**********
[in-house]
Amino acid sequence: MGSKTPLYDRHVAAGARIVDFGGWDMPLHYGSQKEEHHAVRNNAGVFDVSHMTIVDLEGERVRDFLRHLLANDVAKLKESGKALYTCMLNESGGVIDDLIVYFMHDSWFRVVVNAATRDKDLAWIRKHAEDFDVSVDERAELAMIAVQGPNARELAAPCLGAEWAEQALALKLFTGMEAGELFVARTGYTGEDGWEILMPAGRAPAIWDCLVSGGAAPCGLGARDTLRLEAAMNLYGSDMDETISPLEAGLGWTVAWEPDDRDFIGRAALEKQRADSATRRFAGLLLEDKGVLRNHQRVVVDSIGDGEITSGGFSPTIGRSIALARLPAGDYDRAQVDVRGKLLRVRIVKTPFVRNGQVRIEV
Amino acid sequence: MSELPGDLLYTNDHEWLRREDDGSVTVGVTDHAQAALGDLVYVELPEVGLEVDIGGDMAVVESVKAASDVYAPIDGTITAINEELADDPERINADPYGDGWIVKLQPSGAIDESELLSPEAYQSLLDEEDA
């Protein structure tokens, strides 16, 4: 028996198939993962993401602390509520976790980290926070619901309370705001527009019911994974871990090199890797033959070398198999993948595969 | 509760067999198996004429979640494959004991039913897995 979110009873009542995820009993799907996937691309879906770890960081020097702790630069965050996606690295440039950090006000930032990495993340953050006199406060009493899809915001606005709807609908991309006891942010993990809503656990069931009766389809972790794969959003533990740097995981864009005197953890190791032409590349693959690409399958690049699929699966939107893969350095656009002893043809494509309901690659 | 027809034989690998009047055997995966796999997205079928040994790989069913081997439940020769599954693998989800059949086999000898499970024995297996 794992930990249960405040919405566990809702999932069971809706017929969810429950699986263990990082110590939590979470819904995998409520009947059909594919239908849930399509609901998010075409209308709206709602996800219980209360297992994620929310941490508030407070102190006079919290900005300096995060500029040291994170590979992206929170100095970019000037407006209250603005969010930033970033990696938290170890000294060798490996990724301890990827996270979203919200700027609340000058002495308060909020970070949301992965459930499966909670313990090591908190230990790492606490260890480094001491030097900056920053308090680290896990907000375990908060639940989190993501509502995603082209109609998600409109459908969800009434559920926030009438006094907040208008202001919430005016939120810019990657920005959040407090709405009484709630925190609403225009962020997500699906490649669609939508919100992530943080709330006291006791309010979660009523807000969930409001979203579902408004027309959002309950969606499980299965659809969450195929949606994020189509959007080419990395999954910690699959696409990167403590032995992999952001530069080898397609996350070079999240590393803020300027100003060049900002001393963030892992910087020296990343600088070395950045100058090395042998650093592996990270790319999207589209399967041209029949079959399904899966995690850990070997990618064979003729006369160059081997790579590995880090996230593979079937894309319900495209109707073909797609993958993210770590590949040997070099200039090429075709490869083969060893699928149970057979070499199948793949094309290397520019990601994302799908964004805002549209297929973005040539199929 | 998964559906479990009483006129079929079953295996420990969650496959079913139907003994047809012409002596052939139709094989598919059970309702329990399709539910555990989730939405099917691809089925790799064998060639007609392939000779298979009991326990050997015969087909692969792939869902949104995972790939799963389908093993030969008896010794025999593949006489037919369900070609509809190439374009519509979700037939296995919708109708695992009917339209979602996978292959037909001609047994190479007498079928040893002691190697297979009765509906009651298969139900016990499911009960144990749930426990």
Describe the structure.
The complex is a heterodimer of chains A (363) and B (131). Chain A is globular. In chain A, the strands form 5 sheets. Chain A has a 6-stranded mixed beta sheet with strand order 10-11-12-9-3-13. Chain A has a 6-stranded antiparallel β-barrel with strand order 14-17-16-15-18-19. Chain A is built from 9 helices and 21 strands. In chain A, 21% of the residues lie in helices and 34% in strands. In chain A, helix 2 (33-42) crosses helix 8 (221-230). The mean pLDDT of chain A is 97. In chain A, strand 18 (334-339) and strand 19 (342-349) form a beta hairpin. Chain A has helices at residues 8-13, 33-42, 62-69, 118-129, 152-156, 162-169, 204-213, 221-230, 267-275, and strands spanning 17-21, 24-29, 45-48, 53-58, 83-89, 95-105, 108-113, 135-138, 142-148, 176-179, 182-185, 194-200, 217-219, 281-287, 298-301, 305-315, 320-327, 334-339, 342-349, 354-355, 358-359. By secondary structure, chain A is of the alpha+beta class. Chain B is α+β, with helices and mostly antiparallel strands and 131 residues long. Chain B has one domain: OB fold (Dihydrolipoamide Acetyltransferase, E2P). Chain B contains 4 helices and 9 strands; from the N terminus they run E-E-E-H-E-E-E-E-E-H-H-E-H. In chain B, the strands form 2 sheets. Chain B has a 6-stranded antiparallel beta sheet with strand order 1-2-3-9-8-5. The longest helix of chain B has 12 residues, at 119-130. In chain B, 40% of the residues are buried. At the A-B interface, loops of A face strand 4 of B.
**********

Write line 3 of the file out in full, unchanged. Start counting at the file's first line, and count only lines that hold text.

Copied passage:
Amino acid sequence: MSELPGDLLYTNDHEWLRREDDGSVTVGVTDHAQAALGDLVYVELPEVGLEVDIGGDMAVVESVKAASDVYAPIDGTITAINEELADDPERINADPYGDGWIVKLQPSGAIDESELLSPEAYQSLLDEEDA